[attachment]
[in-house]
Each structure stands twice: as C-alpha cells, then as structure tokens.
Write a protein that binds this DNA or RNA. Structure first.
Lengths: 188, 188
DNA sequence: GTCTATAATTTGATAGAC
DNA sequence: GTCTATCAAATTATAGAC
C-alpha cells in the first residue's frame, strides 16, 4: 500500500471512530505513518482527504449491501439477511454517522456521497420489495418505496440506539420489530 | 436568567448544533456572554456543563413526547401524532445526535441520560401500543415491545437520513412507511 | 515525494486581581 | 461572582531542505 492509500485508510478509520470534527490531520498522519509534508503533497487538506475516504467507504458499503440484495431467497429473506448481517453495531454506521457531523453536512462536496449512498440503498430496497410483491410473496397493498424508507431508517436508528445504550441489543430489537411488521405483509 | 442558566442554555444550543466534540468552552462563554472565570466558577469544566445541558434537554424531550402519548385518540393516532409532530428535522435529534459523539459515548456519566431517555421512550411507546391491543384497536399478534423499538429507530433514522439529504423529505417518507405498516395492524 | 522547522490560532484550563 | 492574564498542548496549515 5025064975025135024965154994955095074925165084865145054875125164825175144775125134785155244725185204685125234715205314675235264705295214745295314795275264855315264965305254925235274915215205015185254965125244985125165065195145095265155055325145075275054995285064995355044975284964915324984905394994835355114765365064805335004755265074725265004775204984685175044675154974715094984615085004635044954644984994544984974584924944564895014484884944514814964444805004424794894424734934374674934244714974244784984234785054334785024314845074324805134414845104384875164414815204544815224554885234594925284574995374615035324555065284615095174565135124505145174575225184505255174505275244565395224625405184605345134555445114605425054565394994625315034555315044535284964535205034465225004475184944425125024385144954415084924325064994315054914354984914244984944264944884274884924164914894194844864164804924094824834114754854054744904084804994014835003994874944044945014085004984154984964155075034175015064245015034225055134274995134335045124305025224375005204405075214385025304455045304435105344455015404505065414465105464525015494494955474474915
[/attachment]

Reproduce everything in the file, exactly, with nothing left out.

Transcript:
[in-house]
Each structure stands twice: as C-alpha cells, then as structure tokens.
Write a protein that binds this DNA or RNA. Structure first.
Lengths: 188, 188
DNA sequence: GTCTATAATTTGATAGAC
DNA sequence: GTCTATCAAATTATAGAC
C-alpha cells in the first residue's frame, strides 16, 4: 500500500471512530505513518482527504449491501439477511454517522456521497420489495418505496440506539420489530 | 436568567448544533456572554456543563413526547401524532445526535441520560401500543415491545437520513412507511 | 515525494486581581 | 461572582531542505 492509500485508510478509520470534527490531520498522519509534508503533497487538506475516504467507504458499503440484495431467497429473506448481517453495531454506521457531523453536512462536496449512498440503498430496497410483491410473496397493498424508507431508517436508528445504550441489543430489537411488521405483509 | 442558566442554555444550543466534540468552552462563554472565570466558577469544566445541558434537554424531550402519548385518540393516532409532530428535522435529534459523539459515548456519566431517555421512550411507546391491543384497536399478534423499538429507530433514522439529504423529505417518507405498516395492524 | 522547522490560532484550563 | 492574564498542548496549515 5025064975025135024965154994955095074925165084865145054875125164825175144775125134785155244725185204685125234715205314675235264705295214745295314795275264855315264965305254925235274915215205015185254965125244985125165065195145095265155055325145075275054995285064995355044975284964915324984905394994835355114765365064805335004755265074725265004775204984685175044675154974715094984615085004635044954644984994544984974584924944564895014484884944514814964444805004424794894424734934374674934244714974244784984234785054334785024314845074324805134414845104384875164414815204544815224554885234594925284574995374615035324555065284615095174565135124505145174575225184505255174505275244565395224625405184605345134555445114605425054565394994625315034555315044535284964535205034465225004475184944425125024385144954415084924325064994315054914354984914244984944264944884274884924164914894194844864164804924094824834114754854054744904084804994014835003994874944044945014085004984154984964155075034175015064245015034225055134274995134335045124305025224375005204405075214385025304455045304435105344455015404505065414465105464525015494494955474474915